Rises in wholesale
fuel prices in February have almost entirely reversed during March. The firmus
energy Index dropped ten per cent last month to finish at 82, just above the
mark it reached in January 2015.
strengthening of the world’s main currency paradoxically helped to lower the
cost of energy last month. The firming up of the dollar has a track record in
reducing both the demand for, and the price of, dollar denominated commodities
such as oil. Brent Crude dropped 8 per cent in sterling terms in March. The
cost of electricity, coal and gas also fell for a range of other reasons.
the March firmus energy Index, John French, firmus energy’s director of
regulation and pricing added: “A new factor already impacting on global markets
is an energy source which is not included in the Index. The agreement between
Iran and the West over nuclear power is paving the way for the Middle Eastern
state to be released from a longstanding embargo on oil exports. If and when
sanctions are eventually lifted, Iran could be sending two million barrels a
day into world markets. Even though that date may still be some way off, the
prospect of more supply swirling into the current world glut has already hit the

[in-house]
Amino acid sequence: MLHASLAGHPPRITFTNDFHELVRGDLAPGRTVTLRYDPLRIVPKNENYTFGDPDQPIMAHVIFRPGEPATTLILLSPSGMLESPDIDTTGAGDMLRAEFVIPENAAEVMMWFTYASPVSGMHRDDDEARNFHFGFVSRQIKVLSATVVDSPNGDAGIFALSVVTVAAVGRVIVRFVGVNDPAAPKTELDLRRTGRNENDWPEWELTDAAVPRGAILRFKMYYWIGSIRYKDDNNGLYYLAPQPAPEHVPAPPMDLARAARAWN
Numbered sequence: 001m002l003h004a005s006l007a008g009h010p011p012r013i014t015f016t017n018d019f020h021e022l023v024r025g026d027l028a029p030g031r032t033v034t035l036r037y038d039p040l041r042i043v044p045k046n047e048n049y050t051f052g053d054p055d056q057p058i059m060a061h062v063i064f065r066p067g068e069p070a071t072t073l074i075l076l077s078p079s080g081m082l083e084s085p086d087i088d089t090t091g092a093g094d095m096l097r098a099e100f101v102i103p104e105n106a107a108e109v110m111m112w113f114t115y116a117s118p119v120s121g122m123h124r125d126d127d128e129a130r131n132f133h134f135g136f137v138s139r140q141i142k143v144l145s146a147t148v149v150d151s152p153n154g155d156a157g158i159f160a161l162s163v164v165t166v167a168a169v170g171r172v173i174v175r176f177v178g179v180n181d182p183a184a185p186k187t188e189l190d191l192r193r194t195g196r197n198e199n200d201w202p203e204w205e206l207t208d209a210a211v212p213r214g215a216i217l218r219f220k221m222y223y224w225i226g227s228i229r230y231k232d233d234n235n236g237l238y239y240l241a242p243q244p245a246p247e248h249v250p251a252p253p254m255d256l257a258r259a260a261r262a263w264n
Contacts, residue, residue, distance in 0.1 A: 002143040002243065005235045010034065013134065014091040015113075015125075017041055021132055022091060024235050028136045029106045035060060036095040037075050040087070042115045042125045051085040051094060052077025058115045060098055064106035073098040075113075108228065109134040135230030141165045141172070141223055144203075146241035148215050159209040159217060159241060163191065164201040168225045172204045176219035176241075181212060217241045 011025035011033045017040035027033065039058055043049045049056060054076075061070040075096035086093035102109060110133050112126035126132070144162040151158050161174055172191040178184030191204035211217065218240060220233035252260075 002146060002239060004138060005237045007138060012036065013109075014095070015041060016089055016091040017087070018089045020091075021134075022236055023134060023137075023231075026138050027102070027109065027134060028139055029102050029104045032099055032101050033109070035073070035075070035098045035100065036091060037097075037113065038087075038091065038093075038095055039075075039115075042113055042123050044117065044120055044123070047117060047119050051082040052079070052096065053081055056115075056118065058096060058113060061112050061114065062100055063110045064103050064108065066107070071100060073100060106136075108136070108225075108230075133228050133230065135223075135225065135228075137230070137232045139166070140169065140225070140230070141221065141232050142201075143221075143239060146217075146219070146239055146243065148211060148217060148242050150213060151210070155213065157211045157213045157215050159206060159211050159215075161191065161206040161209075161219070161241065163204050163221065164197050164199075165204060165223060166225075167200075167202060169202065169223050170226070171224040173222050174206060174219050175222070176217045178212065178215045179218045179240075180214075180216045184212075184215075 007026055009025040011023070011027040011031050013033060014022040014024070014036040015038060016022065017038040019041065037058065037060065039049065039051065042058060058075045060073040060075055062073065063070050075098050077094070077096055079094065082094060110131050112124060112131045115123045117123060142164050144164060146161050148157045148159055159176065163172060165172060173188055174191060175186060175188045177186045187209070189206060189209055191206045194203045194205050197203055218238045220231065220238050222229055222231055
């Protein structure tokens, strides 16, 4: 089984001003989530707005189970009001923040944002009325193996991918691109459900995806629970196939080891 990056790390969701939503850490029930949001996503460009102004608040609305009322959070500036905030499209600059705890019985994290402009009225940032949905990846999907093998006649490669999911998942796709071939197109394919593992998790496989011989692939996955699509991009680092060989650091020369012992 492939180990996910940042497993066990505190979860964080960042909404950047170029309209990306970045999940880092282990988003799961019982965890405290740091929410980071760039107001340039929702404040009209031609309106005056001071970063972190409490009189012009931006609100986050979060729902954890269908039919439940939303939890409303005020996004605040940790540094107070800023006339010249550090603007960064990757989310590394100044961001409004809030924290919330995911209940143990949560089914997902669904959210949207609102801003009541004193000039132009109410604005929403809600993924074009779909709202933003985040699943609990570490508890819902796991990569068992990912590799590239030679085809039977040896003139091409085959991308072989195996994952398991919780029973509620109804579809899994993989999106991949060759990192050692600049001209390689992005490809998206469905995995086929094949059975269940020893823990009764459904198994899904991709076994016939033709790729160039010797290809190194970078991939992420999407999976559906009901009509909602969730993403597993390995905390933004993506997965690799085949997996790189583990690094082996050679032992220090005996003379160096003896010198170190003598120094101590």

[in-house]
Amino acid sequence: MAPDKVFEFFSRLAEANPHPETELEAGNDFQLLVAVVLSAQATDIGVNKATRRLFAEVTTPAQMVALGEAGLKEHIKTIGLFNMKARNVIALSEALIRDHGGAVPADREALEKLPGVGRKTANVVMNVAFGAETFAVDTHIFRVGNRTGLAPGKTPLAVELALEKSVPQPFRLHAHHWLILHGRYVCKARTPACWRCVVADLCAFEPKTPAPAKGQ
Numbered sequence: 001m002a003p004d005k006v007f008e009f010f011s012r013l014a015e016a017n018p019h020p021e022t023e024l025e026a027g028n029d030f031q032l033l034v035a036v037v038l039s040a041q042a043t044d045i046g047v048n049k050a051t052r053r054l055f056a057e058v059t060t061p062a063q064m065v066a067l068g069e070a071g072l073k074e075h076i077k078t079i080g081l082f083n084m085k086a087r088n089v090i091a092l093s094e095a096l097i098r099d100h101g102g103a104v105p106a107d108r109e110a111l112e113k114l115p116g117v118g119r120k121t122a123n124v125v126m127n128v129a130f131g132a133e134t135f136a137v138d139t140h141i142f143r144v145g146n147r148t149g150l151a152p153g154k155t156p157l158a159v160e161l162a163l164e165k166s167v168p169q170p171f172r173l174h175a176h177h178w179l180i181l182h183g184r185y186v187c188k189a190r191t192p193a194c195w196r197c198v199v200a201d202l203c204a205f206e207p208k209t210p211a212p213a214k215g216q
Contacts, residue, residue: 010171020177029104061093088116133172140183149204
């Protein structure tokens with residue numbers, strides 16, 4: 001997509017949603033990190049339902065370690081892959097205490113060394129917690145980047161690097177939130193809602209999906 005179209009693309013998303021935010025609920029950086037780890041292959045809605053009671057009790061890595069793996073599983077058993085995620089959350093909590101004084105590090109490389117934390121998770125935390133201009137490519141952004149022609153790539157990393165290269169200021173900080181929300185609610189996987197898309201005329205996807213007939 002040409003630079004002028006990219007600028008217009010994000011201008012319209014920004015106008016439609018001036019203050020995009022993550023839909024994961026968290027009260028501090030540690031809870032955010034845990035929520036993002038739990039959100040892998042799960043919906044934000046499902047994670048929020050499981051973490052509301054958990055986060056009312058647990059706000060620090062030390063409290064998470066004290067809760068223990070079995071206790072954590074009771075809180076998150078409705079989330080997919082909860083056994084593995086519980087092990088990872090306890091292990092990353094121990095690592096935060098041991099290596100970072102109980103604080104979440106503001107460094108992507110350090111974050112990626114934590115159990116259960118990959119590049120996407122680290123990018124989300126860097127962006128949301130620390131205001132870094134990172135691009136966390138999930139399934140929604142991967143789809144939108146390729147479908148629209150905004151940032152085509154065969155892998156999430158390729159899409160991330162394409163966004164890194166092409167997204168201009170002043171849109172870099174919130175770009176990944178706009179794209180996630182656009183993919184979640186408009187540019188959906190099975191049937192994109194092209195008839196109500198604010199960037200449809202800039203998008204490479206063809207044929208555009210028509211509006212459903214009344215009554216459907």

wholesale price of oil,” he concluded.
The cost of
gas fell by 3 pence a therm on average last month despite a major reduction in
flows through the Langeled pipeline from Norway to the UK. Prices were held
down as rising imports of Liquefied Natural Gas largely filled the supply gap
but warmer weather was also a factor, lowering demand for the UK’s main home
Coal is now
less than half its price of four years ago. The slump continued in March as
China reduced its appetite for imports of the polluting fuel. The country’s
coal fired power plants are now running at only a third of capacity. This
falling demand for coal is paralleled in wealthier countries where gas and
renewables are increasingly used for electricity generation.
As wind, so to
speak, buffeted gas powered electricity generation plants off the network last
month, lower cost coal fired stations set the price for electricity. The result
was a 13 per cent drop in the wholesale cost of electricity. The wind in
Ireland does not blow consistently however, which in the middle of the month meant
spikes in prices as more expensive generating plant was brought onto the system
to replace idling wind turbines.